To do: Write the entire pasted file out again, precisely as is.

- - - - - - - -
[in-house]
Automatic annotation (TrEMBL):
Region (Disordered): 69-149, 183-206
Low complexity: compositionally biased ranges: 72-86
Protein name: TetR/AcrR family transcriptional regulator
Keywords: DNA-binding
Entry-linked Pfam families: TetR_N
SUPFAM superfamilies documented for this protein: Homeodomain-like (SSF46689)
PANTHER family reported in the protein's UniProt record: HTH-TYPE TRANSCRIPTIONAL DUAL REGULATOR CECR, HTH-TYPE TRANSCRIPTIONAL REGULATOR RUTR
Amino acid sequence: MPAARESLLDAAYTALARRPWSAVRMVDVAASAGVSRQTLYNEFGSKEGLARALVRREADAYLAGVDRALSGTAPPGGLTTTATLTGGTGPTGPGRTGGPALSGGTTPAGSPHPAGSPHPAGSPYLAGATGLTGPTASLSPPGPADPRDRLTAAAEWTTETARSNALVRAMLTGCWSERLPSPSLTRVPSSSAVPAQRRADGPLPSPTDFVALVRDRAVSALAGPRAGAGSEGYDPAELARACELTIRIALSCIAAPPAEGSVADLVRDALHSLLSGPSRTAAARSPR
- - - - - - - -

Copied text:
[in-house]
Automatic annotation (TrEMBL):
Region (Disordered): 69-149, 183-206
Low complexity: compositionally biased ranges: 72-86
Protein name: TetR/AcrR family transcriptional regulator
Keywords: DNA-binding
Entry-linked Pfam families: TetR_N
SUPFAM superfamilies documented for this protein: Homeodomain-like (SSF46689)
PANTHER family reported in the protein's UniProt record: HTH-TYPE TRANSCRIPTIONAL DUAL REGULATOR CECR, HTH-TYPE TRANSCRIPTIONAL REGULATOR RUTR
Amino acid sequence: MPAARESLLDAAYTALARRPWSAVRMVDVAASAGVSRQTLYNEFGSKEGLARALVRREADAYLAGVDRALSGTAPPGGLTTTATLTGGTGPTGPGRTGGPALSGGTTPAGSPHPAGSPHPAGSPYLAGATGLTGPTASLSPPGPADPRDRLTAAAEWTTETARSNALVRAMLTGCWSERLPSPSLTRVPSSSAVPAQRRADGPLPSPTDFVALVRDRAVSALAGPRAGAGSEGYDPAELARACELTIRIALSCIAAPPAEGSVADLVRDALHSLLSGPSRTAAARSPR